Evolution is about adaptation to environmental pressure. It’s a dance between mutation and opportunism as we find the shape that best fits the environment we inhabit. As the environment changes: we evolve. Failure means extinction: redundancy as we are out competed and outperformed.
In the Social Age, the environmental pressure is increasing: the new nature of work, the impacts of technology, the need for agility and the risk of lethargy. To learn is to change and there’s never been a better time to try.
But change starts inside, and there’s nowhere better to look than the Learning function and the IT team.
Historically, both had clearly defined roles. In the Social Age, both must change beyond recognition.
Learning used to be about defining stories, creating experiences and then doing it to people. It used to be about logistics and subject matter experts. It used to own the story. Today, it’s about facilitation: crafting scaffolded, blended experiences that cross modality and time, helping the learner to be more effective. It’s about working with the tribes to capture knowledge and find the meaning. Then share it. Learning is democratised.
IT used to be about providing infrastructure, giving people access to knowledge and capability, hardware and software, at a time when infrastructure was scarce. At a time when we were grateful to get a laptop because nobody owned one themselves. It’s evolved to become about compliance and conformity, control and denial. It’s seen as a barrier to adaptation, unless on it’s own terms.
IT used to be about deployment and rollout, about overdue projects and an endless series of passwords and strictures, usually telling you that the thing you want to do cannot be done.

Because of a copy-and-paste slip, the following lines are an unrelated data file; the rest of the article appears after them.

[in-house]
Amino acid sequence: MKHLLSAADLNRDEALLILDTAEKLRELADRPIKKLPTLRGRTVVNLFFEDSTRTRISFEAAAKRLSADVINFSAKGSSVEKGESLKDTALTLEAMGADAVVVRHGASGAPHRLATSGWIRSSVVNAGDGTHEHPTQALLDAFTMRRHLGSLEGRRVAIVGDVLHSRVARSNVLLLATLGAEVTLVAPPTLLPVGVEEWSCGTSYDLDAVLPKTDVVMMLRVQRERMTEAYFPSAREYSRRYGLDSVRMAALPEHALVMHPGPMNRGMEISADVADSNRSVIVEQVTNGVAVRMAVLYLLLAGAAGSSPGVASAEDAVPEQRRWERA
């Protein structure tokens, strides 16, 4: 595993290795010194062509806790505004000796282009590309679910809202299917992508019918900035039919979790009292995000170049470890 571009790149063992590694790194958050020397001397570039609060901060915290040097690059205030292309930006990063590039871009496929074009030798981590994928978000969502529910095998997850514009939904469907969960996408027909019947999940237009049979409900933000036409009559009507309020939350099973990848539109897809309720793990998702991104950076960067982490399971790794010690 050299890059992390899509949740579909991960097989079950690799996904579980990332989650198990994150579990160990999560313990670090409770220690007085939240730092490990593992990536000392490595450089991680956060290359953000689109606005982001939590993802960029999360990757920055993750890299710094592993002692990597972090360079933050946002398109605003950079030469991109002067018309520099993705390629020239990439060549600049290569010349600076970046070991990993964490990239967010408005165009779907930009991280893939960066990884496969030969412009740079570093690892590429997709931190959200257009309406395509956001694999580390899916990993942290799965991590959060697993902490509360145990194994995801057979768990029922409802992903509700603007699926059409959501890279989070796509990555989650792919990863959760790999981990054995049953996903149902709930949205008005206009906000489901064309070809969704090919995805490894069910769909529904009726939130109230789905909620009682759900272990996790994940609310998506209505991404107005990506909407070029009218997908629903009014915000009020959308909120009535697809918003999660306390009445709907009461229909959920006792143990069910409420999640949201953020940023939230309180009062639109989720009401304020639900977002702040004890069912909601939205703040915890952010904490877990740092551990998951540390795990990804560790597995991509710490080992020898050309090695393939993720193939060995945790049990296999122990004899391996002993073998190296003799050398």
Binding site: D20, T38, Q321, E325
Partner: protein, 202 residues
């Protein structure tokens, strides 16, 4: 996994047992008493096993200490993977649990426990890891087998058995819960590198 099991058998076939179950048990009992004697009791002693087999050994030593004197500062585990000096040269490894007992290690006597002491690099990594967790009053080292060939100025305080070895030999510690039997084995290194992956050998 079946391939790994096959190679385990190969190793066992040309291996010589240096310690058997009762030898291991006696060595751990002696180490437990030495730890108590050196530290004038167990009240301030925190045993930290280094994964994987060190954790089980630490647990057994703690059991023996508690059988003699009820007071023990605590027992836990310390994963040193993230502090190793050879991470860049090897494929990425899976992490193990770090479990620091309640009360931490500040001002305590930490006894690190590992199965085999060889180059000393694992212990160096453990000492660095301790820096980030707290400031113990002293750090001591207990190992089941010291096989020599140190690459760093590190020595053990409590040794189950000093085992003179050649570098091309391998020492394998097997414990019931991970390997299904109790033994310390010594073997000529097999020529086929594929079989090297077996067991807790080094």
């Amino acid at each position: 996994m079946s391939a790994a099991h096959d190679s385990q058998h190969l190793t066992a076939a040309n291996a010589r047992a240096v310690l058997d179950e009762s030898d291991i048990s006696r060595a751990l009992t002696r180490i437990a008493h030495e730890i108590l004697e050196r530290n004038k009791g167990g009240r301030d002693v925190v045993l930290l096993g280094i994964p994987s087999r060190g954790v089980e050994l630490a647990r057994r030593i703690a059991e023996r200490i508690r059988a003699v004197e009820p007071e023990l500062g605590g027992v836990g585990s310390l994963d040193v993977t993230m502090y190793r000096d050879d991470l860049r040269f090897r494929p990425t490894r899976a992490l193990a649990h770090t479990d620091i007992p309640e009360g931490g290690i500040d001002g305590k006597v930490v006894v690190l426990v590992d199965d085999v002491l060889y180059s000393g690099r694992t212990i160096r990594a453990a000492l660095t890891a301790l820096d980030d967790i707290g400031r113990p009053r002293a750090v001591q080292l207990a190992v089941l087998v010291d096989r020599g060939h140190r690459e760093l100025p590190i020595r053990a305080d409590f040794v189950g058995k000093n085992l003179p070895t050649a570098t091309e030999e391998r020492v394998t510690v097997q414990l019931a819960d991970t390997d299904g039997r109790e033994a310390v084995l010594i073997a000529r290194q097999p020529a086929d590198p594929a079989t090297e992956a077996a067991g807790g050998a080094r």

But this is not their future: Learning should be about facilitation. IT should be about agility.
In an agile organisation, fit for the Social Age, we see learning teams that build expertise around Learning Methodology, ways of designing and supporting social learning. They work on co-creating stories with people, not doing stories to people. They facilitate change by providing assets, resources and, crucially, permissions and support. They build expertise in how to ‘form‘, ‘guide‘ and ‘narrate‘ the voices within the community, as well as ensuring access to external voices and support.
IT becomes facilitating, which means abandoning the notion of uniformity and control: instead, it should look to the community for inspiration. Instead of defining one social collaboration tool for everyone, look to the community to define which tools work in which contexts, facilitate the community in finding this out, then facilitate them sharing this knowledge. Better to have half a dozen adopted technologies that you have expertise within the community to use effectively rather than just one that everyone tries to circumvent.
Agility is about co-working, co-writing, co-creation. It’s not about pushing people into uniformly defined paths, but rather facilitating them to find their own way. Because they may know the best shortcuts.
And the change doesn’t end here: to be fit for the Social Age requires a reformulation of how organisations are structured and how they work. Just because we used to be perfectly adapted doesn’t mean we will be in the future. That’s not how it works. Those organisations that fail to adapt will be the fossils we marvel at tomorrow. Marvel at how big they grew and how dead they are.